Independent booksellers called out Oliver for choosing Amazon as the distributor of a heart-warming but barbed story about the courtship and marriage of the rabbits Marlon and Wesley.  Its author Jill Twiss pointedly dedicated it to “every bunny who has ever felt different” and the last line is “it doesn’t matter if you love a girl bunny or a boy bunny, or eat your sandwich backward or forward.”  The first printing sold out overnight and for weeks Amazon couldn’t fulfill orders and offered no ship date without a word of apology.  I lost patience and got a copy within a few days from a small independent bookstore in Bucks County, Pennsylvania.

Oliver and  Company got its fifteen minutes of fame until the media moved on to less amusing but more important events as they erupted on the national scene.  The two books have continue to sell. Today on Amazon’s list of the one hundred best-selling children’s books about rabbits, A Day in the Life of Marlon Bundo is number two after Goodnight Moon by Margaret Wise Brown and Clement Hurd. Numbers four, seven, eight, and nine are, respectively Dorothy Kunhardt’s Pat the Bunny, Margery Bianco’s The Velveteen Rabbit, Beatrix Potter’s Peter Rabbit, and Brown’s The Runaway Bunny The Pences’ Marlon Bundo made number thirty-four, barely ahead of the Kindle edition of Last Week Tonight’s Marlon Bundo and Bunnicula in a Box.  I won’t analyze these titles because that would be breaking butterflies on wheels.  It won’t be long until the field will be left again to Bianco, Brown, and Potter.  The conventional plots and pleasant but forgettable illustrations will not make either Marlon Bundo book a contender for the 2018 Caldecott Medal, whatever your politics.

John Oliver’s baiting the vice president for his views on gay marriage was the only angle the media covered.   Nobody thought to cover it as a formidable case of industrial espionage: just how did the Last Week Tonight team obtain advance knowledge of the Pences’ book and rush their illustrated satire through the press on time?  The Marlon Bundo affair is also, I’d argue, a timely reminder that the prevailing view of the children’s book market centers on firms with mainstream liberal values.  We are much more likely to have heard of Chronicle Books, the publisher of A Day in the Life of Marlon Bundo, than Regnery Kids, the publisher of Marlon Bundo’s A Day in the Life of the Vice President.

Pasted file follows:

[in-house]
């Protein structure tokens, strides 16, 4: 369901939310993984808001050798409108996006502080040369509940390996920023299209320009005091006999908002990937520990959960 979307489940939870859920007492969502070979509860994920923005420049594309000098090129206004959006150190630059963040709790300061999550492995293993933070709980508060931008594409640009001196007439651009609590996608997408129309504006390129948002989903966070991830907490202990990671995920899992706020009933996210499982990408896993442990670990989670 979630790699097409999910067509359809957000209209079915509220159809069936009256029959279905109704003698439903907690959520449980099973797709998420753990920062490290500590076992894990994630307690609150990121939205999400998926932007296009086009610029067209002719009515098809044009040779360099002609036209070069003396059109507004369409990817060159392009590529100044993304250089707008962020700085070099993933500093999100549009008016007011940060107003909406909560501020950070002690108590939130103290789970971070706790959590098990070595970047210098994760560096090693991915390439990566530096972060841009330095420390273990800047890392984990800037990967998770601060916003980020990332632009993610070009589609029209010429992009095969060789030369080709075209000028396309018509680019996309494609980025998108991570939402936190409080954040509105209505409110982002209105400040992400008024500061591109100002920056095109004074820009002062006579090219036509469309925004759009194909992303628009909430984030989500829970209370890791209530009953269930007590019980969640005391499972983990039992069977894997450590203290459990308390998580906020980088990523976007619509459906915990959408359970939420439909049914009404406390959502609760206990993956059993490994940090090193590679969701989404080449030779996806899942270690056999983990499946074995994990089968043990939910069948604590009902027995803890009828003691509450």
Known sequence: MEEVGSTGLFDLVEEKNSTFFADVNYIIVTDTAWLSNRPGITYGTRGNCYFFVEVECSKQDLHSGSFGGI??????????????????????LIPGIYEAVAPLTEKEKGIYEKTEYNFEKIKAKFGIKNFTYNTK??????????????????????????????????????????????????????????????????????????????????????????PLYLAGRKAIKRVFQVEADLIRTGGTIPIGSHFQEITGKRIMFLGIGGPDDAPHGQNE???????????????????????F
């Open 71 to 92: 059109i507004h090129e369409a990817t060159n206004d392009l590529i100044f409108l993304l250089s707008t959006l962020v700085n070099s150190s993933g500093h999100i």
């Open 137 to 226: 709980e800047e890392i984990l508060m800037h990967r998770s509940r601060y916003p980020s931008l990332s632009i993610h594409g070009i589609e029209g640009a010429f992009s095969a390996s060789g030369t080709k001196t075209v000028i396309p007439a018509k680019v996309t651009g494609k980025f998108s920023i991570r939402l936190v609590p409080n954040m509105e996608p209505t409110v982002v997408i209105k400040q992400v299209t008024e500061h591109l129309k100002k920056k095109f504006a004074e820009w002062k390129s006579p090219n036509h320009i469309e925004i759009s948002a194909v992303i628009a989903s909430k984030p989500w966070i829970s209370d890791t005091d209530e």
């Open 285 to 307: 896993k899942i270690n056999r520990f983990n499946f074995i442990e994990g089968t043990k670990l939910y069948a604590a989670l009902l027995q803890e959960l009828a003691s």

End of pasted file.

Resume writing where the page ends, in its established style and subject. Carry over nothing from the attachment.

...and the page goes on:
Thanks to John Oliver and his merry pranksters, I  realized I had brushed up against the conservative book publisher’s existence when buying political children’s books during the 2016 election, but didn’t make the connection until later in March.   The motto of Regnery Kids is “Great Americans of today inspiring great Americans of tomorrow” and its brand consists of children’s books that are “non-partisan, entertaining, brilliantly written and illustrated by award-winning authors and artists.”  Its stable includes Fox News personalities such as Janice Dean and Rachel Campos Duffy and the nation’s ambassador to the Holy See, Callista Gingrich, creator of the “Ellis the Elephant” series.  Regnery’s Little Patriot’s Press has at least six titles featuring Charles M. Schultz’s Peanuts characters.

Who knew that Regnery is no newcomer to conservative publishing?  Founded in 1947, it has published notable writers like Russel Kirk, William F. Buckley Jr., and Donald Trump. Since 1993, it has been a part of Eagle Publishing,  a subsidiary of Salem Media Group, which is owned by the very successful and wealthy Christian broadcasters Edward G. Atsinger II and his brother-in-law Stuart Epperson.

For the benefit of future scholars of twenty-first century American children’s book publishing, the collection of the Cotsen Children’s Library really should include good samples of books produced by firms like Regnery Kids, along with the better-known award-winning authors and illustrators, which have traditionally set the ethos and aesthetics for the genre.  Silently passing over Regnery would be like refusing to collect the eighteenth-century children’s book publisher John Marshall because of his involvement in the Cheap Repository Tract project masterminded by archconservative Evangelist Hannah More to make sure the masses had reading that wouldn’t radicalize them….